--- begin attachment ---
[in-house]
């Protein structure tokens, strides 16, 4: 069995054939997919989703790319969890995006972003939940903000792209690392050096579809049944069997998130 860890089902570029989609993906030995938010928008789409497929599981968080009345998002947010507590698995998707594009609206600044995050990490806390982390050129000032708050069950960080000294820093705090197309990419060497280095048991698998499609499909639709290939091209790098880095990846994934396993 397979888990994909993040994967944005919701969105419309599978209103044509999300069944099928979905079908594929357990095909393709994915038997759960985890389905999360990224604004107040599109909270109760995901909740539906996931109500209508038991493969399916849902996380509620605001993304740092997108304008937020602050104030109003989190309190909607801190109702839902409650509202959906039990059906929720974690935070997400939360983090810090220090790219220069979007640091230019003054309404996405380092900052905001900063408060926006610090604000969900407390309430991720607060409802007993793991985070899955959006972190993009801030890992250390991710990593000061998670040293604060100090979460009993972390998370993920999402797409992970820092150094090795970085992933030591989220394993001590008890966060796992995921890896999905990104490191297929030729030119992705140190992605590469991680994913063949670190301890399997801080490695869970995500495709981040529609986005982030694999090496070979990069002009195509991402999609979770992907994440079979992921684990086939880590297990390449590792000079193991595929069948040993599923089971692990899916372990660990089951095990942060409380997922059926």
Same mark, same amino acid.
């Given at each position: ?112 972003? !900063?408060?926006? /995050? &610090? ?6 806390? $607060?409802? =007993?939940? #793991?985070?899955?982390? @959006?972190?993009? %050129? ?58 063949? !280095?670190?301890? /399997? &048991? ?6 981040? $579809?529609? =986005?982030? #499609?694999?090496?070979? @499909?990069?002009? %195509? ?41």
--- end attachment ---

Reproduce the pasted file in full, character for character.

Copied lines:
[in-house]
């Protein structure tokens, strides 16, 4: 069995054939997919989703790319969890995006972003939940903000792209690392050096579809049944069997998130 860890089902570029989609993906030995938010928008789409497929599981968080009345998002947010507590698995998707594009609206600044995050990490806390982390050129000032708050069950960080000294820093705090197309990419060497280095048991698998499609499909639709290939091209790098880095990846994934396993 397979888990994909993040994967944005919701969105419309599978209103044509999300069944099928979905079908594929357990095909393709994915038997759960985890389905999360990224604004107040599109909270109760995901909740539906996931109500209508038991493969399916849902996380509620605001993304740092997108304008937020602050104030109003989190309190909607801190109702839902409650509202959906039990059906929720974690935070997400939360983090810090220090790219220069979007640091230019003054309404996405380092900052905001900063408060926006610090604000969900407390309430991720607060409802007993793991985070899955959006972190993009801030890992250390991710990593000061998670040293604060100090979460009993972390998370993920999402797409992970820092150094090795970085992933030591989220394993001590008890966060796992995921890896999905990104490191297929030729030119992705140190992605590469991680994913063949670190301890399997801080490695869970995500495709981040529609986005982030694999090496070979990069002009195509991402999609979770992907994440079979992921684990086939880590297990390449590792000079193991595929069948040993599923089971692990899916372990660990089951095990942060409380997922059926």
Same mark, same amino acid.
């Given at each position: ?112 972003? !900063?408060?926006? /995050? &610090? ?6 806390? $607060?409802? =007993?939940? #793991?985070?899955?982390? @959006?972190?993009? %050129? ?58 063949? !280095?670190?301890? /399997? &048991? ?6 981040? $579809?529609? =986005?982030? #499609?694999?090496?070979? @499909?990069?002009? %195509? ?41």